Multi-Layer Doughnut Chart in Excel

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Bottom Line: Learn step-by-step how to create a multi-layer doughnut chart in Excel, how to design it beautifully, and how to ensure your data is always sorted correctly in the chart.

Skill Level: Intermediate

Video Tutorial

A multi-layer doughnut chart is an advanced data visualisation technique in Excel that you will not find in many standard Excel reports and dashboards. It is exceptional and will pimp up your Excel data visualisation repertoire tremendously. 

The core feature of this chart is the gradual multi-layer design, which means a data point has more layers the bigger its value is. At the same time the values are ordered from the biggest to the smallest value which leads to visually appealing flow for the audience’s eyes.

So let’s see how you can build it from scratch. 

Table of Contents

Start with the standard Doughnut Chart

The doughnut chart is a better version of the pie chart. While most people still use pie charts when they build reports and dashboards, the doughnut chart is the only reasonable choice for circular charts in a dashboard in my opinion. 

IMPORTANT: Do not use doughnut charts if you have a big amount of data points to display. A recommended amount of data points in a doughnut chart is between 2 and 6. Everything above will lead to more confusion for your audience and does rarely provide any value.

Let’s have a look at how to insert a regular doughnut chart: Simply select your data range, then go to the Insert Tab and insert the doughnut chart from the chart selection area (you find it under the same button as the pie chart).

The inserted chart is a simple doughnut as you might already know.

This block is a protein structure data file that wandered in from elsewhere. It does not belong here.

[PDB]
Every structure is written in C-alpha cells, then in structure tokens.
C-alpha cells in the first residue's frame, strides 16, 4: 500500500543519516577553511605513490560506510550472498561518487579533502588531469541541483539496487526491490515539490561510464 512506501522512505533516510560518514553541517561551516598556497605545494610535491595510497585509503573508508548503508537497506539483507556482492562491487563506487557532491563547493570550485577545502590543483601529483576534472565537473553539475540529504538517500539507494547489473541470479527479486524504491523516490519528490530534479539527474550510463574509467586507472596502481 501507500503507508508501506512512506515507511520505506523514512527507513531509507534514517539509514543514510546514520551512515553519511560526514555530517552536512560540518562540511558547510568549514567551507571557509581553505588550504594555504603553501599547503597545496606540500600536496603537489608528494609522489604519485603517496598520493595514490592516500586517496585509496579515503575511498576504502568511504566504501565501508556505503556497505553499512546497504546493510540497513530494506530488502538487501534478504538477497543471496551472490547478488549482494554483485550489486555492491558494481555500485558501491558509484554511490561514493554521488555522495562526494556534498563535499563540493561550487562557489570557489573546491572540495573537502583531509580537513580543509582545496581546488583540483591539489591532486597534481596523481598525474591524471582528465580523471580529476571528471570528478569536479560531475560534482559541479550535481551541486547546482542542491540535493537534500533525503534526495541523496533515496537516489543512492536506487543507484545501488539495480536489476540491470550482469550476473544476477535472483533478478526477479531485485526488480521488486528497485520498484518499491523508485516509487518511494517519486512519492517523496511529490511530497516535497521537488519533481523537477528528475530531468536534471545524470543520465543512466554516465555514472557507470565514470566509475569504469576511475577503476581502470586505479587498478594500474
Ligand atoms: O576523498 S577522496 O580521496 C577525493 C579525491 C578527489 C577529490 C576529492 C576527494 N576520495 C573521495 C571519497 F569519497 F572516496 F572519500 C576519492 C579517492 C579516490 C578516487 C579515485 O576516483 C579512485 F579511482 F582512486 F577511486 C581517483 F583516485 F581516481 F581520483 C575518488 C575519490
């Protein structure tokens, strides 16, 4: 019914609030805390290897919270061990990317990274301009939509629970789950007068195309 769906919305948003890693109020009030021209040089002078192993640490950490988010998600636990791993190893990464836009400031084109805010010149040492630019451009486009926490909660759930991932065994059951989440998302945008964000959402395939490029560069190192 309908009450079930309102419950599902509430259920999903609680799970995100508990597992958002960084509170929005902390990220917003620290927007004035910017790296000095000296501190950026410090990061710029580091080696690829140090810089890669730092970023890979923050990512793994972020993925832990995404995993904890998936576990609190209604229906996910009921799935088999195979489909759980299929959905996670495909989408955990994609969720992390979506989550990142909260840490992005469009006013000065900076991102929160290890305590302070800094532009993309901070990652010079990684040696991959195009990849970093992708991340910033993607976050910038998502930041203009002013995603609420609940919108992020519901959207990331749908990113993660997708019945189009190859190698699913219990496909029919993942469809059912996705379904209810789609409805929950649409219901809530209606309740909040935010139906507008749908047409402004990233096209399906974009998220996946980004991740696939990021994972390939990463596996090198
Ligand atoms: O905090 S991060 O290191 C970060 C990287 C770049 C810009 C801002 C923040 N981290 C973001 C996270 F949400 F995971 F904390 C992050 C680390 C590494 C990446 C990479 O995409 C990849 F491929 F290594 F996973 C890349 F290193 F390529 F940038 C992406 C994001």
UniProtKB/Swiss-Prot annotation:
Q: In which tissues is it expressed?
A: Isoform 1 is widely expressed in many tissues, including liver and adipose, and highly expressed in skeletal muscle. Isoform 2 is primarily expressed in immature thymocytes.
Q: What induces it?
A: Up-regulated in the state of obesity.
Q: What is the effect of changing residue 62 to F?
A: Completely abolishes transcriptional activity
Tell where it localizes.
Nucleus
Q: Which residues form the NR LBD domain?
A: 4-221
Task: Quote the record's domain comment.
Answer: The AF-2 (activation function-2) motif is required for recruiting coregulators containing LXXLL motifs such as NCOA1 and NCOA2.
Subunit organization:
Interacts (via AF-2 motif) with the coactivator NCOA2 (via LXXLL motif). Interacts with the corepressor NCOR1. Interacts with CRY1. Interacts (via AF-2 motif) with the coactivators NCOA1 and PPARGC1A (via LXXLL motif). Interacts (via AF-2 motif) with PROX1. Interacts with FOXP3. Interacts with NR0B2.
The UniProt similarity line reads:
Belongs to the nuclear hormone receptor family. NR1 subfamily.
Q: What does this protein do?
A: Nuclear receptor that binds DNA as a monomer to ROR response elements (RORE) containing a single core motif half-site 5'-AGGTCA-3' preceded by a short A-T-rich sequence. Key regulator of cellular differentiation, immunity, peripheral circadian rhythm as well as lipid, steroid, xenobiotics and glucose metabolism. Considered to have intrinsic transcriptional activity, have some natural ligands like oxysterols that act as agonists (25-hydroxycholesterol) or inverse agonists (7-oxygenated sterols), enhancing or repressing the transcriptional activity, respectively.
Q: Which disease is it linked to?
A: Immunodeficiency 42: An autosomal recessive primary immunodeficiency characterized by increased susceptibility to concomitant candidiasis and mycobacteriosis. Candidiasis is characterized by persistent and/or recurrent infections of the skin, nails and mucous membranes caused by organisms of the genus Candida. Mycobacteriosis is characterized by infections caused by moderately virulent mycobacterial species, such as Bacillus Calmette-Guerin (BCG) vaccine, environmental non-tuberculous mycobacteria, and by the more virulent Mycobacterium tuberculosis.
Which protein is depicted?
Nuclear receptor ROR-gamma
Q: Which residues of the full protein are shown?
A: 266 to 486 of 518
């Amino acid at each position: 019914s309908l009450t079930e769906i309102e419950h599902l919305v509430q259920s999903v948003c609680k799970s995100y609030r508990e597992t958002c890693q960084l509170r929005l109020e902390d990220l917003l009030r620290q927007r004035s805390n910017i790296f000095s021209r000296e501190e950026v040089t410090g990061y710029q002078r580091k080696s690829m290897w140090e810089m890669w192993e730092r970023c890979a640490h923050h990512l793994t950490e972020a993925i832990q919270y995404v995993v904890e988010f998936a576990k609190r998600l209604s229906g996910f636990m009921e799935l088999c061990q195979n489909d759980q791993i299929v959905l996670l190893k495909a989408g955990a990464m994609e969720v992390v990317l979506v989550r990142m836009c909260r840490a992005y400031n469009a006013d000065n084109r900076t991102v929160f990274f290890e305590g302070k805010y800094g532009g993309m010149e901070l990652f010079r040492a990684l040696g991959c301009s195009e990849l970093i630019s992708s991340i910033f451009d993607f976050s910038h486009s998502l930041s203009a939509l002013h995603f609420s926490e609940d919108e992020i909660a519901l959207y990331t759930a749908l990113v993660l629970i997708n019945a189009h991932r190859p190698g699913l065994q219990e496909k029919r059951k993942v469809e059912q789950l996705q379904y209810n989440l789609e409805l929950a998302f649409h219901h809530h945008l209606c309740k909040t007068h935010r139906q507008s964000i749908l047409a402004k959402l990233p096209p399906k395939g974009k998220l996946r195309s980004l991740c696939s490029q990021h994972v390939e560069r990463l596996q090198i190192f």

This chart visualises the ratio of our four data points easily, but it doesn’t have an exceptional look and only one regular doughnut layer. So how can we add more chart layers?

Add multiple chart layers with artificial data

Unfortunately, our simple data set is not enough for adding multiple layers to this chart. We need to create some additional data series that will then be included into the current doughnut chart. This sounds more complicated than it is. We simply have to replicate the original data series three times in order to get as many separate (but equal) data series as we have data points. 

Once the three additional data series are created, we include them into the chart data range and our chart suddenly has four full layers. Beautiful.

Create gradual multi-layer design

In order to get the gradual multi-layer design (which means the data points display less layers the smaller they are) we need to do some formatting for this chart.

To get started with formatting, I recommend to choose a dark background (that makes the single elements become better visible). Additionally, I recommend to select a colorfol color theme like the ‘Yellow’ theme for a better visual experience.

By default, all doughnut chart layers have a borderline. As this border line is only disrupting the look, you should remove it for all borders first. After that, select the outer layer of the second (also second biggest) data point and set the fill to No fill.

For the third data point we apply the same technique to the two outer layers, and so on. This leads us to the following result. 

That’s the foundation for the multi-layer doughnut chart, but it still requires some effort to get the most out of it and make sure it always looks smooth.

Finalise the chart design